Humans often seem surprised that we dogs instantly recognize each other as dogs. They say: ‘How can it be that this huge Saint Bernard sees that chihuahua as a dog?’ The answer is simple: we smell, therefore we know. From this point of view size doesn’t matter.
Size does matter when it comes to meeting each other and measuring forces. Like I wrote in this post, this is what dogs do when playing: we are having fun and we test how strong we are. In that case it is good to be not too small. A small dog can easily be overrun by a big one. I really liked doing that, because these little ones can be a good sport when they try to run away from you. Alas M made me very clear she does not like me doing this, so most of the time I leave the little ones alone, now. Choose your battles, right? To be honest I got a bit bored by chasing little dogs in the end, so I decided to let M have her way.
Did you know I was supposed to be a little dog? When M and P adopted me, they were told that I would become a medium sized dog, weighing maximum ten kilos. They predicted this because my feet were quite small and my legs were slender. Well, my legs are still slender, but they kept on growing. So did my neck and tail and, well, practically everything. Now I am a tall dog, as tall as a German Shepherd or a Rottweiler, but much lighter. I weigh almost twenty kilos. I am two years old now and some parts of me are growing still. My nose, for example. My head is looking more and more like the head of my noble ancestors, the ancient hunting dogs.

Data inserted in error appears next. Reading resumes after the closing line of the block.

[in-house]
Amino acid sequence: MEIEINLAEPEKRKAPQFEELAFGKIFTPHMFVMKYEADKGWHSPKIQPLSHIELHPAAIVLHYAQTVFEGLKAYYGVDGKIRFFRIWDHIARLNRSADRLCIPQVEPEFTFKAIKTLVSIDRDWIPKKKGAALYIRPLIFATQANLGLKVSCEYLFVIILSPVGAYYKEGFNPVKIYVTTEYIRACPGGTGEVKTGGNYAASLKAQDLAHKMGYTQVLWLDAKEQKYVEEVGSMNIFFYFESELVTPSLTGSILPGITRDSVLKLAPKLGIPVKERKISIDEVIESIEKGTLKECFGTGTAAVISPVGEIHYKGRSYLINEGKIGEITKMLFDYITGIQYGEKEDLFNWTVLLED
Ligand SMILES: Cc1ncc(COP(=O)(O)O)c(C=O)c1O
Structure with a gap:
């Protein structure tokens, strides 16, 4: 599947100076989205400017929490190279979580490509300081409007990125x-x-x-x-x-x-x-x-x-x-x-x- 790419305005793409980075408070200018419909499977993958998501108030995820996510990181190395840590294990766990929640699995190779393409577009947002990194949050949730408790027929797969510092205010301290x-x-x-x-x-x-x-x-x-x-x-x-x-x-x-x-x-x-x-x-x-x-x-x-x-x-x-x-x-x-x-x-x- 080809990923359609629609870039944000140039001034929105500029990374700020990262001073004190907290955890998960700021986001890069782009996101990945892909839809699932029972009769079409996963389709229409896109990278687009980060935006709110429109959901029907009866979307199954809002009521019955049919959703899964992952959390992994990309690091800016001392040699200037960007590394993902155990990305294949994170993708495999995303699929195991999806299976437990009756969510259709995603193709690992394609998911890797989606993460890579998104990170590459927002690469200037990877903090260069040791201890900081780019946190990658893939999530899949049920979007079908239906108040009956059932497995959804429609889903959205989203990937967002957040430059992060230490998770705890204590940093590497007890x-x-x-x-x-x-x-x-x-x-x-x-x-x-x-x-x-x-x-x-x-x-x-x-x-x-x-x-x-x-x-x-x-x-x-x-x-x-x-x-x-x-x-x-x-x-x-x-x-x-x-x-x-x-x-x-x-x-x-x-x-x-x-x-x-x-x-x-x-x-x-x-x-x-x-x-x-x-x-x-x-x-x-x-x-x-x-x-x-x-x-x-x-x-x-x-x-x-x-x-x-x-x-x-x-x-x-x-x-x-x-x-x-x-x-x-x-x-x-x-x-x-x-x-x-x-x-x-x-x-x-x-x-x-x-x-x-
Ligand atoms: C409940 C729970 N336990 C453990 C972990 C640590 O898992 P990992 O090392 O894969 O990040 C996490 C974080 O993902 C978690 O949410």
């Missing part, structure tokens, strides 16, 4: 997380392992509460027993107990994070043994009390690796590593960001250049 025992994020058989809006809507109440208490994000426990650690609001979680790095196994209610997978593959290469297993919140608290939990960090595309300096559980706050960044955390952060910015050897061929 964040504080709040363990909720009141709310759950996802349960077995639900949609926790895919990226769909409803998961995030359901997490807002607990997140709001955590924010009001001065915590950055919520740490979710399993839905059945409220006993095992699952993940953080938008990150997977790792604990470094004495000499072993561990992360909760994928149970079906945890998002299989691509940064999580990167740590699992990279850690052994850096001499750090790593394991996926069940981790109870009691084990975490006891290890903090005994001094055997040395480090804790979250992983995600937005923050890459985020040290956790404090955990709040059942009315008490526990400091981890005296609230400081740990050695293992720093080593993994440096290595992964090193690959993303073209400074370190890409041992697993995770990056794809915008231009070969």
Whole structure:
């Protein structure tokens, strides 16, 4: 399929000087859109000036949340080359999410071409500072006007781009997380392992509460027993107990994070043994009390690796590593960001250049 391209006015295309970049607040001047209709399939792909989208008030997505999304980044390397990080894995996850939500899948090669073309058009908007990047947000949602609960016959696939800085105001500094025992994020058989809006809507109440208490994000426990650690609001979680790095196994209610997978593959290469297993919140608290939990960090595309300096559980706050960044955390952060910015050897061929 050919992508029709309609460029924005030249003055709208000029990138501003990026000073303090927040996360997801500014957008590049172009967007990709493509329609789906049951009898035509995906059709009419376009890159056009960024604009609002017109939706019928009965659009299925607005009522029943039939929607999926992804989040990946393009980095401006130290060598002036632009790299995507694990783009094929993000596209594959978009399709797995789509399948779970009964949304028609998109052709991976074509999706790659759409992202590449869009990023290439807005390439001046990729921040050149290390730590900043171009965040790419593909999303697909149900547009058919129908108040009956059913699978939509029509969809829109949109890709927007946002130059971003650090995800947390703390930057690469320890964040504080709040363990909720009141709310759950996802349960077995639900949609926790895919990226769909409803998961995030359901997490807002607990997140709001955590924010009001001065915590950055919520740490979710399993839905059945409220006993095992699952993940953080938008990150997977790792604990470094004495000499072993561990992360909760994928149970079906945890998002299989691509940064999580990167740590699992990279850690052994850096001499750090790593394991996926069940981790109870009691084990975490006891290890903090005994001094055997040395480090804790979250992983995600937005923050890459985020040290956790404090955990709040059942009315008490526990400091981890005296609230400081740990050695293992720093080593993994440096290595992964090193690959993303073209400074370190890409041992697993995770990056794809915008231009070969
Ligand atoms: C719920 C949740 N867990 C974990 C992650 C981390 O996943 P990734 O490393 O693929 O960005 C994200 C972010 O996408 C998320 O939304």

I am happy to have become a big dog, because big dogs are much more cool than little ones. Except, of course, little ones with character. Like some Beagles and terriers I meet: they are small, but they are groovy. They never whine when I run them over, they just get up and start chasing me. I like that. So sometimes size matters and sometimes it does not. But personally, I really like to have become a big dog with my long legs and nose.
Oh, by the way, this was a fish I found on the beach. Very interesting.